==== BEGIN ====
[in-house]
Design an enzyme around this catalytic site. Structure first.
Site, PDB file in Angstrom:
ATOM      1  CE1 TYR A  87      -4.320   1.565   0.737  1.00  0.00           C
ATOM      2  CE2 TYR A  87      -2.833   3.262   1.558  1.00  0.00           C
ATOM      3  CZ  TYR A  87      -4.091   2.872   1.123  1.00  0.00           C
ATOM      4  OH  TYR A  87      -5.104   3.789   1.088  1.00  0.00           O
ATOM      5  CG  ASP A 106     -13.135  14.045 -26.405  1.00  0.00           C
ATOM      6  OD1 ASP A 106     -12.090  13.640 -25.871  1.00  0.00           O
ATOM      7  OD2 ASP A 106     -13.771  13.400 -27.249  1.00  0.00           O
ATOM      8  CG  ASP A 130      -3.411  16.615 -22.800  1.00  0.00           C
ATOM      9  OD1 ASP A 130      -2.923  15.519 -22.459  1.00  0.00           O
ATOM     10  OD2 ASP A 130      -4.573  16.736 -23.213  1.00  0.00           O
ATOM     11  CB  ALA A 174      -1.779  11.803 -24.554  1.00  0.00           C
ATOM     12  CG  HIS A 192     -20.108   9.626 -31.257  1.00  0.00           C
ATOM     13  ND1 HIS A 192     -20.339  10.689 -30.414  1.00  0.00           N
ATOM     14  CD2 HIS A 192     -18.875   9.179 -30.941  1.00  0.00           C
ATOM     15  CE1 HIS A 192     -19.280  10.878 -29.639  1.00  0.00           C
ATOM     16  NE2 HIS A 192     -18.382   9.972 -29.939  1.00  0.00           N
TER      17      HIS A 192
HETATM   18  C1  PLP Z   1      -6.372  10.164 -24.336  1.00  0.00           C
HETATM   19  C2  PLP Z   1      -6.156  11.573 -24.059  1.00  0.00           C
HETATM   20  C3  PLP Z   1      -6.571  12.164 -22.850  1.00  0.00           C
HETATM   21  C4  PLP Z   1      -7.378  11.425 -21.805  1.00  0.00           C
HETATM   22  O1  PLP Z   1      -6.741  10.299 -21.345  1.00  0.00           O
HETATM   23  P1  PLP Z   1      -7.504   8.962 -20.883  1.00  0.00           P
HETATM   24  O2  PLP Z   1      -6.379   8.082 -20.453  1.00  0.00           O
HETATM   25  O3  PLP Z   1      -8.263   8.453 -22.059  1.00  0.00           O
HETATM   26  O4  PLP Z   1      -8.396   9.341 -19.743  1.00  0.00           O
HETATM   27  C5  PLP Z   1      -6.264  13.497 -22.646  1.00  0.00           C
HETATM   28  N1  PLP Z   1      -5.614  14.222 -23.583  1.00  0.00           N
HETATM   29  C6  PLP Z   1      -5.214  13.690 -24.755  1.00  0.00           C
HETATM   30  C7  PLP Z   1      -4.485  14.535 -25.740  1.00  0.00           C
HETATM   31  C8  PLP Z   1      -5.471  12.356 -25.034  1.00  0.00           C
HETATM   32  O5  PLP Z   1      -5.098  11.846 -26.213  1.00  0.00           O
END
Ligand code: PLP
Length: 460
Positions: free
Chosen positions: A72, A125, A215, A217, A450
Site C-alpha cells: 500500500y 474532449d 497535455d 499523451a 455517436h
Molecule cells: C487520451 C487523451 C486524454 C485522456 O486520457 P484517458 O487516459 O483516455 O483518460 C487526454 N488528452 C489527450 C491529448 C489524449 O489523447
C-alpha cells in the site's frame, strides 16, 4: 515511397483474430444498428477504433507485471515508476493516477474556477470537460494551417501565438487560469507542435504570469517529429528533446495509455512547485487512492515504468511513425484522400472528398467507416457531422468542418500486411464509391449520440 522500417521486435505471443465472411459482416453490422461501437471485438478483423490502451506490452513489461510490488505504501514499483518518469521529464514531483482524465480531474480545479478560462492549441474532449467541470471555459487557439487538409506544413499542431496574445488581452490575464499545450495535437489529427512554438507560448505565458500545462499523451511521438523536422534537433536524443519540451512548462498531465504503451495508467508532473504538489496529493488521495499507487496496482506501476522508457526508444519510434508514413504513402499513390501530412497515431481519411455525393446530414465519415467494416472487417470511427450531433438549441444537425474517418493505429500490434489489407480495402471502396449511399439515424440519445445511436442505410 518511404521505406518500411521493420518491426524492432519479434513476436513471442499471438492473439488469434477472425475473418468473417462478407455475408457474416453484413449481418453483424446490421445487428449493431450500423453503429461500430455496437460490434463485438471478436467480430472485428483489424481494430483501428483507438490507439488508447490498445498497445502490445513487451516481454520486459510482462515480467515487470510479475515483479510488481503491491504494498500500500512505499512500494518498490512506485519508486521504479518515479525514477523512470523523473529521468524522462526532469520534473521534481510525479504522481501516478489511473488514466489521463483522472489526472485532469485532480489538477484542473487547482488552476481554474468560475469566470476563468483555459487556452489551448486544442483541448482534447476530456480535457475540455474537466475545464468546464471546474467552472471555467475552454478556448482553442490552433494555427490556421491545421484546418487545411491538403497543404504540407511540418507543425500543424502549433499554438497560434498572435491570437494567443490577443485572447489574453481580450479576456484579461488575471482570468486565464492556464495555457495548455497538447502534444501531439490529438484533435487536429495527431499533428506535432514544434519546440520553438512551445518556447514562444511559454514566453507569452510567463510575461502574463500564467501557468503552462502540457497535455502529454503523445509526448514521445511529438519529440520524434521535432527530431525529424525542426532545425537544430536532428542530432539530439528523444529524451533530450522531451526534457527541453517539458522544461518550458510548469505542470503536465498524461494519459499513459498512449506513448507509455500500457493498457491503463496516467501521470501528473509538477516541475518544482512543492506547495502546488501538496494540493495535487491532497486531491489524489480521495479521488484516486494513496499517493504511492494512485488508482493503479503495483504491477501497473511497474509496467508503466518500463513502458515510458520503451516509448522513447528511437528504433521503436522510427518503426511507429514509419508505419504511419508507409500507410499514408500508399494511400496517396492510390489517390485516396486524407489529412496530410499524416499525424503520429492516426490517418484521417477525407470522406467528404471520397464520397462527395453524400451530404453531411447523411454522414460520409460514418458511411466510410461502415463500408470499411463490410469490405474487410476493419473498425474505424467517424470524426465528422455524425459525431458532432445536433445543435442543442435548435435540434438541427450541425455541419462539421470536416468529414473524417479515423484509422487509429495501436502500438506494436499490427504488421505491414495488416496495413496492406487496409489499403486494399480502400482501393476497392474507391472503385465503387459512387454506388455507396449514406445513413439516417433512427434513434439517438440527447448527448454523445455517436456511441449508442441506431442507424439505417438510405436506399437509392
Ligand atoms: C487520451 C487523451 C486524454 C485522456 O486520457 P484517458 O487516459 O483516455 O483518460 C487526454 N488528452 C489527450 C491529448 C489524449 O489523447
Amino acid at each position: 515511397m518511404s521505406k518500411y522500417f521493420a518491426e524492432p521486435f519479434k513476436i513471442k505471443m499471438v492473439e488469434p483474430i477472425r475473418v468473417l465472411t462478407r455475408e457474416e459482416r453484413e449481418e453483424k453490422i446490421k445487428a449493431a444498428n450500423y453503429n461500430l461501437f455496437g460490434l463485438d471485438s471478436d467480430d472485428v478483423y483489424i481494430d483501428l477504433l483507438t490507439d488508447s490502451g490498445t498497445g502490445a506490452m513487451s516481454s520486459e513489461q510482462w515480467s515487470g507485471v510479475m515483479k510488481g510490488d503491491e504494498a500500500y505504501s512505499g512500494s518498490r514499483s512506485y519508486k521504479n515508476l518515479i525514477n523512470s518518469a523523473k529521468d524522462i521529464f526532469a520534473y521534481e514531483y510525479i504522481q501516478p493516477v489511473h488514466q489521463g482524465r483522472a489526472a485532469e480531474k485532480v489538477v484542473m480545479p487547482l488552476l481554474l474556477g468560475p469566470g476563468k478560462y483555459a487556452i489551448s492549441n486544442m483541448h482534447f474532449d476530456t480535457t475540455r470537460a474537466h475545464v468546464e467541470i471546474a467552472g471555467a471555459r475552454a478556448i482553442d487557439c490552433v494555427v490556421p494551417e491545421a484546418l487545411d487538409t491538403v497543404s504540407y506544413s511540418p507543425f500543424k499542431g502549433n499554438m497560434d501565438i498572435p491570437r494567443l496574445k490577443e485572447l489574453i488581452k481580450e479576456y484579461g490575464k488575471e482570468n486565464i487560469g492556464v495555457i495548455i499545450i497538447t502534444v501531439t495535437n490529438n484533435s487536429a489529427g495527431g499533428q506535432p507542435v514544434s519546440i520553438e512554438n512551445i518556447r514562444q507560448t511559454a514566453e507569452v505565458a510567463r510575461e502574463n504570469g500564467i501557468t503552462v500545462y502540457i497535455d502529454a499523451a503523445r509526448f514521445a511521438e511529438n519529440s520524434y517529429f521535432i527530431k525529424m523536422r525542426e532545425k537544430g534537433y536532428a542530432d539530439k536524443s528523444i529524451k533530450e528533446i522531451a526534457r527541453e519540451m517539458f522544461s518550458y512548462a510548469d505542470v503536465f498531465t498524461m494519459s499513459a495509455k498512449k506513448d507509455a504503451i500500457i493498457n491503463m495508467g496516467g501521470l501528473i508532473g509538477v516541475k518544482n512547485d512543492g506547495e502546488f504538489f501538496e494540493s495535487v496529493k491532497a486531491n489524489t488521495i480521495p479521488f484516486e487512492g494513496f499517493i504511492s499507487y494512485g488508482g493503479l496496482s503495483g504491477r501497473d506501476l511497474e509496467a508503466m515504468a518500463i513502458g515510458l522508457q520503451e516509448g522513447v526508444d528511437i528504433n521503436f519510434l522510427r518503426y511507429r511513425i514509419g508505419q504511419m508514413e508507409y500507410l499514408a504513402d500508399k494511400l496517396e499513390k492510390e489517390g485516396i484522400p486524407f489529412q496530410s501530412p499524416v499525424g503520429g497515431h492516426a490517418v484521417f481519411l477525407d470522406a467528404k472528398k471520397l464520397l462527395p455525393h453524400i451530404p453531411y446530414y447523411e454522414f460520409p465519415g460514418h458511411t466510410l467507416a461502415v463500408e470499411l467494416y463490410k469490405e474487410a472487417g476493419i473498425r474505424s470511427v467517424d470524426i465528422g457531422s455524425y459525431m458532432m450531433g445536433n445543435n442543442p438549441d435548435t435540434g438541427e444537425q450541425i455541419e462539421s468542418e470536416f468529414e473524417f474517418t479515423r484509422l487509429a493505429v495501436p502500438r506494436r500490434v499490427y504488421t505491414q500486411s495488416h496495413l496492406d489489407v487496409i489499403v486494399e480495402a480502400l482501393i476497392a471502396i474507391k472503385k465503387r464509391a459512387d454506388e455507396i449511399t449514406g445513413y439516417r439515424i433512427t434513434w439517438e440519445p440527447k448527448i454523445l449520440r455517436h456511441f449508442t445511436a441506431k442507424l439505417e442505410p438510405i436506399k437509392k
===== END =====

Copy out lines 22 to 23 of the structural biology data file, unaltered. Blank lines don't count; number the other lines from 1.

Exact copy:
HETATM   19  C2  PLP Z   1      -6.156  11.573 -24.059  1.00  0.00           C
HETATM   20  C3  PLP Z   1      -6.571  12.164 -22.850  1.00  0.00           C